Raffaele's Bafefit's biography describes the creatures in his portraits as "characters caught in between the thin line between life and death." This ceaseless purgatory, where even the smoothest of curves feel as sharp as Fugubiki knives, binds the personalities of each piece in a state of agony. And although you might not hear their caterwaul, you can certainly feel their desperation.
Everyone has played the game: what would you take with you if you could only bring along one thing? We all have something, something essential or entirely superfluous, something kinky or sentimental, something cerebral or trashy. Out with it. What's your thing?
In this challenge we ask that you draw something you wouldn't leave behind. Wait! Before you get to it, it MUST be something that could fit in a backpack. You're confined only by the size of your item, nothing else. Deadline May 23rd by 4pm EST, go here for complete submission details »
Draw your thing, your take-along, and win this incredible backpack to hold it. Trust me, you'll want to get your hands on this, because the folks at TOM BIHN design and make each product with tremendous craftsmanship, and all within the U.S.
How do you get from A to B and everywhere in between? Showcase #17 challenges you to share your mode of transport -- doodle your ride! Skateboard, segway, scooter, canoe, minivan, sports car, bicycle, whatever! You ride it, you draw it.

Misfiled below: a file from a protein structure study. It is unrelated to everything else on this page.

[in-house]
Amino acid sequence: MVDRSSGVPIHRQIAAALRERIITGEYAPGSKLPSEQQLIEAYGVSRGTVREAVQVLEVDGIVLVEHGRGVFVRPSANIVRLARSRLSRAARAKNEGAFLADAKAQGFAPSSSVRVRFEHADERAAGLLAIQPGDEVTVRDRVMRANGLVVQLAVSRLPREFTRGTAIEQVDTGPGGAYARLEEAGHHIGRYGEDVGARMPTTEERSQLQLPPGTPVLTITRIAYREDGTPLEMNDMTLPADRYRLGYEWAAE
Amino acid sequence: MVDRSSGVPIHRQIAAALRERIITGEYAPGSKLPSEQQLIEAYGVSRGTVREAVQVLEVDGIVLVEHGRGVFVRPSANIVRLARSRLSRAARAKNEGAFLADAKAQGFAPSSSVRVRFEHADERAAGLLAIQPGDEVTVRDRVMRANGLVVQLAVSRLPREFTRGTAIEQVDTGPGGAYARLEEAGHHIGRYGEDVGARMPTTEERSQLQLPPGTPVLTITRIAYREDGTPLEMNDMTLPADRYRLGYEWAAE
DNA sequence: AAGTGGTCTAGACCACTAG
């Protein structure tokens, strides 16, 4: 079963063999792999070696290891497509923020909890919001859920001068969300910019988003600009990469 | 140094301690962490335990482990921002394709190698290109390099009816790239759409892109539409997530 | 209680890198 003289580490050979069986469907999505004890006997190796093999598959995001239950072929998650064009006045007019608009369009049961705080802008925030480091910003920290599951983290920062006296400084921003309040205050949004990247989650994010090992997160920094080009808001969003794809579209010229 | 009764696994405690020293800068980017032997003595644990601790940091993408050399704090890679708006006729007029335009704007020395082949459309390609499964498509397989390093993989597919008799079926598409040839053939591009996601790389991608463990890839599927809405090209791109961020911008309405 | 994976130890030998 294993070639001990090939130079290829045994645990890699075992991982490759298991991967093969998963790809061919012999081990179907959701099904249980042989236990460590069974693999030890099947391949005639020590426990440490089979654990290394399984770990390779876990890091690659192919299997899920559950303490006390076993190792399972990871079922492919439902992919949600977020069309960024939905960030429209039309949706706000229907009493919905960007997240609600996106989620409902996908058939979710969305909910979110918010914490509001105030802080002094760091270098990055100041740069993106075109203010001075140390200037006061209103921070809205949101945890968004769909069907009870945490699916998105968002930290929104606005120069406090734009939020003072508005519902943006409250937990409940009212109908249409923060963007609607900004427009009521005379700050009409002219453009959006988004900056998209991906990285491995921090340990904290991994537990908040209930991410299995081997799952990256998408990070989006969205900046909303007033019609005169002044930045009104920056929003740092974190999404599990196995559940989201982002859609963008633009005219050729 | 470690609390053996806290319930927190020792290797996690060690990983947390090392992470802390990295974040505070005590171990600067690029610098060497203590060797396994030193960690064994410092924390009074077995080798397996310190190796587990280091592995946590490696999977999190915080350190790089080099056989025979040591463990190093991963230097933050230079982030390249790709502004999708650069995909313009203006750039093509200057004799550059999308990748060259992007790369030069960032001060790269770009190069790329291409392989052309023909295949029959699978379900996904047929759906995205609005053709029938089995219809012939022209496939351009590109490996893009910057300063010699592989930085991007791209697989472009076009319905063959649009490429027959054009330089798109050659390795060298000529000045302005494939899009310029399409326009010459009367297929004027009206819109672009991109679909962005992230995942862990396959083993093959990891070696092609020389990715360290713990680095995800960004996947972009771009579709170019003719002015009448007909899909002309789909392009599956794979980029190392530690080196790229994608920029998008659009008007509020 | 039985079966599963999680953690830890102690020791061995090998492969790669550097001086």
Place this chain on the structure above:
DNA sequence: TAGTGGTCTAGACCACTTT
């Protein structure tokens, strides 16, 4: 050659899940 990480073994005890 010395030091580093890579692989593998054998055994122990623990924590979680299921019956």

Thanks to the folks at Thumbtack Press, and their incredible online store of wall to wall art prints for sponsoring this month's showcase.
Born in Moscow, brought up in Milwaukee, and now based in Manhattan, Sonya Kozlova (at the early age of twenty) is known for her photography. Her photos are experimental and visceral, and it's obvious she has a keen eye for lighting and cropping her subjects just right.
She's recently mustered up the courage to share a few of her sketchbook drawings and they've captured my attention as much as her camera pictures have. Here are a few of my favorite pages.
I don't really know how she does it, but in her drawings there is no noise, just peace. It's just her and her imaginary friends. It's so special and different from everything nowadays. When you meet her, you understand her illustrations are just an extension of her own personality.
Born in Busan (Korea), studied Product Design in Seoul and then moved to Barcelona to make a living out of her illustrations. She also has a trademark called Mee and Zoo where she sells handmade cushions from Busan.
James Gulliver Hancock, an illustrator from Australia (now living in New York), seems to be on a quest to draw and catalog almost everything that comes his way, from bicycles and snow to scooters and mountain tops. He's even launched a micro-site titled All The Buildings In New York, where you'll find them sorted by building type or borough.
I especially love the compositions where he stacks each of the elements onto one large sheet of paper. Here's hoping he keeps this effort going forever.